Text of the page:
About midnight that night, I got a call from the state police. Keith Taylor had been arrested and taken to the county jail. A trooper had been having a coffee break in a diner just outside the city limits when he heard the sound of a very loud car. He turned on his stool in time to see a flash of metal go by at high speed. He raced to his car and got on the radio looking for other available troopers or deputies in the area. Another trooper pulled over “number 11” about ten miles away after clocking it at one hundred and three miles an hour. “What is your problem?” Keith had asked the trooper when he tossed his license and registration at his feet.  Unfortunately, the problem was Keith’s; losing his license, car and spending nearly a week in jail.
Now, months later, I was preparing to see what new plan Keith had concocted.  I stopped to see one of the psychiatrists I consulted with. “Petting zoo! Really! He wants to open a petting zoo? Danger to self or others might be able to be met with the cow,” he said, “but I doubt it. Maybe you could trade the cow for three magic beans.”
I saw Keith about five miles outside of town. He was sitting in the grass on the side of the road. The cow was tied to a mailbox, grazing on the thick grass surrounding the wooden post. It was a beautiful animal, a movie star of cows. I drove past and turned the car around in order to be on the same side of the street. “Keith, how are you doing? What’s going on?” I asked. Keith lay back on the grass and closed his eyes. “The world is in turmoil. All I want to do is bring a little joy into the world. I grew up with cows. Kids should be able to see cows. But I’m so tired.” I stood over him blocking the sun. “Keith, you don’t look well. You are really pale and you’re sweating. Are you faint?” “I don’t feel so good,” he responded. “I think you need a doctor to take a look at you. I’m going to call someone to come get you.” The ambulance and the deputy showed up together. The emergency medical technician, after looking at Keith, conducted a simple test, pulling on the skin on his wrist. “He’s really dehydrated. No wonder he feels so lousy.”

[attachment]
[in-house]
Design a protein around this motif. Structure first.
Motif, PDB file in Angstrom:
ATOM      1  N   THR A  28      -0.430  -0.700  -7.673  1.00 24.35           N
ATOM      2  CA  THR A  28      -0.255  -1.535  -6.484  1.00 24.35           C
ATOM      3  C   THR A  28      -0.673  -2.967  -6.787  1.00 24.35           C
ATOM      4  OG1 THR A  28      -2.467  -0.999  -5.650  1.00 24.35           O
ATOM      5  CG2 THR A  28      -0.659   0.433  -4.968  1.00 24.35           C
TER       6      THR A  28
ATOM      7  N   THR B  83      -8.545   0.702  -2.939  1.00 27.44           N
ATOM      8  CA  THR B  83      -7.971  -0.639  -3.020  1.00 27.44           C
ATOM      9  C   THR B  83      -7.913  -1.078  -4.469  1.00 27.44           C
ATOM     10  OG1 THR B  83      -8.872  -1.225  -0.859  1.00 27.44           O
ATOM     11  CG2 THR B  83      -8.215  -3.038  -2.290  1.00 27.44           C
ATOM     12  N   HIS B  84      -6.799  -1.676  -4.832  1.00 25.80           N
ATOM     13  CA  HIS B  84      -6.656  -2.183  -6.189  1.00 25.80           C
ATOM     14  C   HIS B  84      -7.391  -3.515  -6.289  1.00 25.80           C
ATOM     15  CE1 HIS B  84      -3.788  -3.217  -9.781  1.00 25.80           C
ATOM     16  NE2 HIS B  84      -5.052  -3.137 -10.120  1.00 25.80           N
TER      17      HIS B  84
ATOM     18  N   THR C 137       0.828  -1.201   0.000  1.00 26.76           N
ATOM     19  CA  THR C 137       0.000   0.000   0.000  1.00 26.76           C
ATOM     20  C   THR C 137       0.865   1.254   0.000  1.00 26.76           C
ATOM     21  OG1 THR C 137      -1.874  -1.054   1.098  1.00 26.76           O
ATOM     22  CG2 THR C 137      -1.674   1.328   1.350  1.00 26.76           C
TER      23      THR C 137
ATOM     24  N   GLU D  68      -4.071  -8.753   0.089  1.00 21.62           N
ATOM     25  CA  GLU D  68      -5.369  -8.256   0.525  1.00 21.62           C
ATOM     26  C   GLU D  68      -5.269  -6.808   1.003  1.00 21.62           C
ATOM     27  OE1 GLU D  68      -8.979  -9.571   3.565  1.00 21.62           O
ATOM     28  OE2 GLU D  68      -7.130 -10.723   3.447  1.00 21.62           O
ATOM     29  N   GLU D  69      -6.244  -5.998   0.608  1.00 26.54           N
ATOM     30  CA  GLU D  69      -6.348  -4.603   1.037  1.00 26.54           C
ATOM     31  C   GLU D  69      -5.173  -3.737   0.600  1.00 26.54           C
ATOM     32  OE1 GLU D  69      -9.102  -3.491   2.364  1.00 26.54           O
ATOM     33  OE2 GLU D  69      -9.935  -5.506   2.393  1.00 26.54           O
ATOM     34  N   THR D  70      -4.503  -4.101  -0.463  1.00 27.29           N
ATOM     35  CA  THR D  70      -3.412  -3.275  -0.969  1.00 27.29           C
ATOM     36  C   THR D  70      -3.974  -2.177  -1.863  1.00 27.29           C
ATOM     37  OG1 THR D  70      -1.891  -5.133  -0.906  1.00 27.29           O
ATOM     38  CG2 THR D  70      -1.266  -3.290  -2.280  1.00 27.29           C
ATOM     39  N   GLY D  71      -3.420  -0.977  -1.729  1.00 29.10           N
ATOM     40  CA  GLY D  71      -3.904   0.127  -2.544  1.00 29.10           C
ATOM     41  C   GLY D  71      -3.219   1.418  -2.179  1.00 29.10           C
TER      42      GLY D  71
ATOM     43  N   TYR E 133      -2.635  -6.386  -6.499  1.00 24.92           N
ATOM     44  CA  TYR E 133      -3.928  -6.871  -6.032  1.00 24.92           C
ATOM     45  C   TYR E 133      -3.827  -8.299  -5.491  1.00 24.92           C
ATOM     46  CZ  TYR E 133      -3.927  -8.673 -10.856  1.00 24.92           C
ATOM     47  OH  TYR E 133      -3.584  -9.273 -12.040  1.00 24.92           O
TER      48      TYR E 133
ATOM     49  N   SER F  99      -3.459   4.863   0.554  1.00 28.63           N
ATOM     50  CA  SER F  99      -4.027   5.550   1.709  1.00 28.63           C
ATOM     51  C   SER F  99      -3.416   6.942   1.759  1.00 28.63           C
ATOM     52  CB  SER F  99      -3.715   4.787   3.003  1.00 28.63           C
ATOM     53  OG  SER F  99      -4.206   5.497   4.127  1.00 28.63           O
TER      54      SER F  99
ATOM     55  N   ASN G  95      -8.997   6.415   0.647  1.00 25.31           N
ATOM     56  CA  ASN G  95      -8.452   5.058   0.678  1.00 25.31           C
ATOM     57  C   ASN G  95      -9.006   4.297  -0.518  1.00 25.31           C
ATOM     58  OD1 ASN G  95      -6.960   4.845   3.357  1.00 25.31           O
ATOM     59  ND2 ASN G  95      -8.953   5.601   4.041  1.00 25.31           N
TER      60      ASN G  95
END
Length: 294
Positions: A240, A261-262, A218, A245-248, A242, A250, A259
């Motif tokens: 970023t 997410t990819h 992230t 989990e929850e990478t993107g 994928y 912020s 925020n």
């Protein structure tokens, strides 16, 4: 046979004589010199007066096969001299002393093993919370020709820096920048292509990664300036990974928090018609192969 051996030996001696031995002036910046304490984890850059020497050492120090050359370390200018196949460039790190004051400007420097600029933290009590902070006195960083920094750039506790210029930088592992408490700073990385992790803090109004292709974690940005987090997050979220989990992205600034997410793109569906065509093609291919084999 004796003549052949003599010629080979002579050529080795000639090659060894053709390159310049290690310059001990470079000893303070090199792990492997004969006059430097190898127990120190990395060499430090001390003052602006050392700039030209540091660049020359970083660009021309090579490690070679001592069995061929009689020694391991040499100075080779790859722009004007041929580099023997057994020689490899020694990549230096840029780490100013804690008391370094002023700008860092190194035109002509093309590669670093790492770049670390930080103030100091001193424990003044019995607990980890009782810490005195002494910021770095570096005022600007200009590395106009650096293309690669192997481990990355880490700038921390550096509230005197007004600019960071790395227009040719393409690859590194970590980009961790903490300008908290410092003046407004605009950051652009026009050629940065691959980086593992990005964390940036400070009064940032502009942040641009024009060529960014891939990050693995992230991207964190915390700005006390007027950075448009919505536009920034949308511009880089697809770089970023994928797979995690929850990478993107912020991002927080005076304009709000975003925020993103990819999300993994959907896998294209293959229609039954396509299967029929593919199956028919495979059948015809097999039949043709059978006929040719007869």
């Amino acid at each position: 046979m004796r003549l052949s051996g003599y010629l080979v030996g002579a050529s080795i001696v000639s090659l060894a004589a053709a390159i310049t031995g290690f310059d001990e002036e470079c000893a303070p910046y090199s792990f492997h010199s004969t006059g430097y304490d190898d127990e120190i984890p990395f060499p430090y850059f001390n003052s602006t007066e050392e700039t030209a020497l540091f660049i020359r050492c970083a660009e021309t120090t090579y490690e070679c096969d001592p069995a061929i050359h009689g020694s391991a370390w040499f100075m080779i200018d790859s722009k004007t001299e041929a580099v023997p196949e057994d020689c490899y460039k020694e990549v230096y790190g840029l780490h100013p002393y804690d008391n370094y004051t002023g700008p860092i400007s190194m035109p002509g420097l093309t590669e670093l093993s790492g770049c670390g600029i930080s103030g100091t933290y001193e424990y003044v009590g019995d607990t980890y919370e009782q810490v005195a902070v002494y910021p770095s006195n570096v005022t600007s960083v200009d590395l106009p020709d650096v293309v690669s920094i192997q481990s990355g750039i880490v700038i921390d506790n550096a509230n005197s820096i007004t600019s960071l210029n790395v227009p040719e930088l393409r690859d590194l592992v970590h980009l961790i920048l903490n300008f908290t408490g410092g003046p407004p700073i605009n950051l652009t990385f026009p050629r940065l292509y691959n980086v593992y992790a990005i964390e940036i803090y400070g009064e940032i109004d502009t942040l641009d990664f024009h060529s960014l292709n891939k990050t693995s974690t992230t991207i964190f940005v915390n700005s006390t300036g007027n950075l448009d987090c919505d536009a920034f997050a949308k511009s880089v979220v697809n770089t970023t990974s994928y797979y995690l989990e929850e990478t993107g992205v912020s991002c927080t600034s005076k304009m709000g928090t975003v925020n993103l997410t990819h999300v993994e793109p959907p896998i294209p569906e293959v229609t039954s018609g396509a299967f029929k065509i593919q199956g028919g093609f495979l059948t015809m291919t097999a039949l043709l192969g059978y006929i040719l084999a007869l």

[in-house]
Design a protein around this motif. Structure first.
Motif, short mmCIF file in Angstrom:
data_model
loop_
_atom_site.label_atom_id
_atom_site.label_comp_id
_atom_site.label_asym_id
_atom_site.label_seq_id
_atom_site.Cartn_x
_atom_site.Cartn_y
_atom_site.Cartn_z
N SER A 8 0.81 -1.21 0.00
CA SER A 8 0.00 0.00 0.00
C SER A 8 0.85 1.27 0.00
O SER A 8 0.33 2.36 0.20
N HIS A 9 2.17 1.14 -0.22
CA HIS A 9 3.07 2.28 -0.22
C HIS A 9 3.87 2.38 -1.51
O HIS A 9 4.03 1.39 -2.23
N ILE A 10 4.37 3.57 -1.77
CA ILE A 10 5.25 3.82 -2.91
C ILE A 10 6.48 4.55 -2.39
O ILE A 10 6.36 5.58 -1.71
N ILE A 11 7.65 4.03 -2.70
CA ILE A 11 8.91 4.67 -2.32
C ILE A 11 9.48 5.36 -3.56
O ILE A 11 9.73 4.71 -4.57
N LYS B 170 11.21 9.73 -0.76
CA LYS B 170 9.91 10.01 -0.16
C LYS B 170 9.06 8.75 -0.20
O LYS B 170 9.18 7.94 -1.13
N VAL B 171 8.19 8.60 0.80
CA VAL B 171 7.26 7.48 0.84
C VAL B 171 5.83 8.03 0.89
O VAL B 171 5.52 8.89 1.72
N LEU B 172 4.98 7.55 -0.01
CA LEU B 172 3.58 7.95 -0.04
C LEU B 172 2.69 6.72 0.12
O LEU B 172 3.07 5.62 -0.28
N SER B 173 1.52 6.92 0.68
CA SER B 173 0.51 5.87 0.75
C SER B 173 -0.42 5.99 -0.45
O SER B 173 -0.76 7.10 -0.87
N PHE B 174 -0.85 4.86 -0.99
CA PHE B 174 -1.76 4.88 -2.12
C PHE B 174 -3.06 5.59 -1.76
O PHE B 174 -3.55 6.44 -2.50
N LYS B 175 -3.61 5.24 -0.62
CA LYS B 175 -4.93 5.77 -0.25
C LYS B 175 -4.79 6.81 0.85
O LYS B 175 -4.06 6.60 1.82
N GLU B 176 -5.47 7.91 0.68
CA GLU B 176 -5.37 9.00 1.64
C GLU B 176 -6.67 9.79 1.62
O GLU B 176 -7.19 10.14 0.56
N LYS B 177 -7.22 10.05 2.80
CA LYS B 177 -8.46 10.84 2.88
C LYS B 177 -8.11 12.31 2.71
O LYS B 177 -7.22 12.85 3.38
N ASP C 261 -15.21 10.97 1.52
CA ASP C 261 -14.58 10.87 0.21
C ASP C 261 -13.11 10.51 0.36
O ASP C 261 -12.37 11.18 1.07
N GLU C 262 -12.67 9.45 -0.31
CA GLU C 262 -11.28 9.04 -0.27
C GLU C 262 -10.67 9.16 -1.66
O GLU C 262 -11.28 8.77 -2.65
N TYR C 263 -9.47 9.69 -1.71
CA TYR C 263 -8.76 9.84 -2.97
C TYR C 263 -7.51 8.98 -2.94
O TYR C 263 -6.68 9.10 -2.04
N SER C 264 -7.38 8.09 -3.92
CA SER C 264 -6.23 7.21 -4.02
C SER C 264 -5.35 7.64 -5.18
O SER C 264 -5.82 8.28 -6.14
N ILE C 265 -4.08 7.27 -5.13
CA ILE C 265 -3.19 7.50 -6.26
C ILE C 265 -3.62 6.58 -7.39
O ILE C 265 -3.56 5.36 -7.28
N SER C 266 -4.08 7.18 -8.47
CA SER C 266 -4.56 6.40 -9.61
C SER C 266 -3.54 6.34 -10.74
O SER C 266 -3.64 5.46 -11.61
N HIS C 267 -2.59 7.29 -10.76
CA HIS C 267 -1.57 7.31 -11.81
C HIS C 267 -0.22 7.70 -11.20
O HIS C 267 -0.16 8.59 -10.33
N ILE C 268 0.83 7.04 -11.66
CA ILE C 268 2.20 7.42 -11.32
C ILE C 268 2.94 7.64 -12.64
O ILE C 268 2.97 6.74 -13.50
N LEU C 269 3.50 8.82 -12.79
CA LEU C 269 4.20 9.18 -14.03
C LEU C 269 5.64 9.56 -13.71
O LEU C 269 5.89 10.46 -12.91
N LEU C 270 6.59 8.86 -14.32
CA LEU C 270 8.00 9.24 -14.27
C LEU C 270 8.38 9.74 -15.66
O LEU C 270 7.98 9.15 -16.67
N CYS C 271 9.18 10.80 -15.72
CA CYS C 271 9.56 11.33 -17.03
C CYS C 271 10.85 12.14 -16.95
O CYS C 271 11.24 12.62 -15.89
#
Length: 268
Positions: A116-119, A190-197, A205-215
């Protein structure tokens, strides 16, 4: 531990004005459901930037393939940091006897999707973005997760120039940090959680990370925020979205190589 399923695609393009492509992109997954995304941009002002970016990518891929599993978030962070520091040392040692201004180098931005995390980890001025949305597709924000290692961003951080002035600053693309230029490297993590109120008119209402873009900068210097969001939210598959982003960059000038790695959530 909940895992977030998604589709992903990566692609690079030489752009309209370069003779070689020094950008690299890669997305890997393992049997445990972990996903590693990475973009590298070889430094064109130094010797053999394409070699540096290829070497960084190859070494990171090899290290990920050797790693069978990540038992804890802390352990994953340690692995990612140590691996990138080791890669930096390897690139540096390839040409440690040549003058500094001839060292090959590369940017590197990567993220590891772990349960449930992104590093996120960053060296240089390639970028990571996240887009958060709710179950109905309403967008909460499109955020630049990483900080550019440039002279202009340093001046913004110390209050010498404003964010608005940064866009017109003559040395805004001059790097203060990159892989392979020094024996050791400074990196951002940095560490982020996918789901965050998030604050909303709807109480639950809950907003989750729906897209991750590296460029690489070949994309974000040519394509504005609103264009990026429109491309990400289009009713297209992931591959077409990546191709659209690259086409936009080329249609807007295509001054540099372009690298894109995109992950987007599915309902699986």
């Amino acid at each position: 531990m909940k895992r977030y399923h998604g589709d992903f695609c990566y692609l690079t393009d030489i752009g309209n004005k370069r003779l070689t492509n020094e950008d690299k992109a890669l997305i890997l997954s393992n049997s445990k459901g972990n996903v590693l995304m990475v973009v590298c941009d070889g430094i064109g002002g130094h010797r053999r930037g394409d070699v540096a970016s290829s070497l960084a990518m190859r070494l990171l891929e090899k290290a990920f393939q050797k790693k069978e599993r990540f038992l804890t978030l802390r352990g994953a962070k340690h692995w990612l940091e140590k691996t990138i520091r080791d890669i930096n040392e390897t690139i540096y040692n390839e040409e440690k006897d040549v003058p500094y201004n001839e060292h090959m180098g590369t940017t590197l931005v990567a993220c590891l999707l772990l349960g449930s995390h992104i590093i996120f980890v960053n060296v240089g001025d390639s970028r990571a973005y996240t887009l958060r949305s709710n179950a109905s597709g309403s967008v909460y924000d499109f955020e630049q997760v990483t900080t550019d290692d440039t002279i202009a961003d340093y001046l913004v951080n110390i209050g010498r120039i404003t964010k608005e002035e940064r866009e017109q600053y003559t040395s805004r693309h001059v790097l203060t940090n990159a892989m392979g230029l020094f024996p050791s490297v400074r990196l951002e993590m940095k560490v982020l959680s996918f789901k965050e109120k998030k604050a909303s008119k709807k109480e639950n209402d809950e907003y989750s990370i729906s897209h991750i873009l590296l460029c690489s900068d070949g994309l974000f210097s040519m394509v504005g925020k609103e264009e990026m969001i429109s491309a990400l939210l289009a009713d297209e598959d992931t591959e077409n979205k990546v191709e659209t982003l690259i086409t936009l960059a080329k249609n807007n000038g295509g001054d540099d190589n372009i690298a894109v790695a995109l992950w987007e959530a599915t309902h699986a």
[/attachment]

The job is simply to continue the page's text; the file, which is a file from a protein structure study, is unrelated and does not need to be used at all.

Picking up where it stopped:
The Scottish Highlander was tied to the rear bumper of my car when the deputy pulled away. “I’m glad I’m not you,” he called out the window. It was almost six in the evening when the livestock truck came to get the cow. They came shortly after I received a call that Keith had voluntarily admitted himself to the mental health unit at the hospital.
The Stories
The stories are my remembrances. Each of them is based on a true event in my work for Tompkins County Mental Health. I have changed the names and identifying information of every client, patient and co-worker except for Beau Saul, of the Ithaca Police Department, who I was fortunate enough to have as a partner. When confidentiality demanded it, I have changed details. The dialogue is my reconstruction of what was said at the time. I have felt honored to be let into the lives of so many individuals over the years. Their stories are a gift I have been given.  Please enjoy them in the spirit with which they were written; to educate and inform.

1 comment:

  1. Bipolar people are usually trying to do something helpful. It's nice to see someone say something positive.